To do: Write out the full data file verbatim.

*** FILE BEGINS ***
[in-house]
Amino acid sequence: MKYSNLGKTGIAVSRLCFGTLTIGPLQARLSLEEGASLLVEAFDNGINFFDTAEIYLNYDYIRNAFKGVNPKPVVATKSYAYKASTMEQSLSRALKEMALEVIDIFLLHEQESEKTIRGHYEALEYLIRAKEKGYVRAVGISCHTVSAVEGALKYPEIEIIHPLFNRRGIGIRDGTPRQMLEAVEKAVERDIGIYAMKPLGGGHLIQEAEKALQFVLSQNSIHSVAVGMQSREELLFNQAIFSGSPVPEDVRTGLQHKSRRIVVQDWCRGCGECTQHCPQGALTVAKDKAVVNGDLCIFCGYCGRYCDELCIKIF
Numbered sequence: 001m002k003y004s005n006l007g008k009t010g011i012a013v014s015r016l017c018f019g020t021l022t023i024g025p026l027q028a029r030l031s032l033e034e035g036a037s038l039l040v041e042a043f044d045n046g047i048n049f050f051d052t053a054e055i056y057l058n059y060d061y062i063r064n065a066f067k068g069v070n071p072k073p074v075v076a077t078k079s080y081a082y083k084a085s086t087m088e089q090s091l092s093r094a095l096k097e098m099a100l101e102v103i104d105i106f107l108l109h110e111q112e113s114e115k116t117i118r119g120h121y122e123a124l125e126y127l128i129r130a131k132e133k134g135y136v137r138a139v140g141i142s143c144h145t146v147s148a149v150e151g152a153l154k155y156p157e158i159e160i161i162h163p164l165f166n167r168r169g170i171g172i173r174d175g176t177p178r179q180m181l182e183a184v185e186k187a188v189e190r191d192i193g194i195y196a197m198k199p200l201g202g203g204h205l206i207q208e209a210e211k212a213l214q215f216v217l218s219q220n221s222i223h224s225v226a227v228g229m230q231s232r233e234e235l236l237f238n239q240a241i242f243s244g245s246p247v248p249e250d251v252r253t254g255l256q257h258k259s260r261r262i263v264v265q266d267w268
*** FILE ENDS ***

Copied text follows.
[in-house]
Amino acid sequence: MKYSNLGKTGIAVSRLCFGTLTIGPLQARLSLEEGASLLVEAFDNGINFFDTAEIYLNYDYIRNAFKGVNPKPVVATKSYAYKASTMEQSLSRALKEMALEVIDIFLLHEQESEKTIRGHYEALEYLIRAKEKGYVRAVGISCHTVSAVEGALKYPEIEIIHPLFNRRGIGIRDGTPRQMLEAVEKAVERDIGIYAMKPLGGGHLIQEAEKALQFVLSQNSIHSVAVGMQSREELLFNQAIFSGSPVPEDVRTGLQHKSRRIVVQDWCRGCGECTQHCPQGALTVAKDKAVVNGDLCIFCGYCGRYCDELCIKIF
Numbered sequence: 001m002k003y004s005n006l007g008k009t010g011i012a013v014s015r016l017c018f019g020t021l022t023i024g025p026l027q028a029r030l031s032l033e034e035g036a037s038l039l040v041e042a043f044d045n046g047i048n049f050f051d052t053a054e055i056y057l058n059y060d061y062i063r064n065a066f067k068g069v070n071p072k073p074v075v076a077t078k079s080y081a082y083k084a085s086t087m088e089q090s091l092s093r094a095l096k097e098m099a100l101e102v103i104d105i106f107l108l109h110e111q112e113s114e115k116t117i118r119g120h121y122e123a124l125e126y127l128i129r130a131k132e133k134g135y136v137r138a139v140g141i142s143c144h145t146v147s148a149v150e151g152a153l154k155y156p157e158i159e160i161i162h163p164l165f166n167r168r169g170i171g172i173r174d175g176t177p178r179q180m181l182e183a184v185e186k187a188v189e190r191d192i193g194i195y196a197m198k199p200l201g202g203g204h205l206i207q208e209a210e211k212a213l214q215f216v217l218s219q220n221s222i223h224s225v226a227v228g229m230q231s232r233e234e235l236l237f238n239q240a241i242f243s244g245s246p247v248p249e250d251v252r253t254g255l256q257h258k259s260r261r262i263v264v265q266d267w268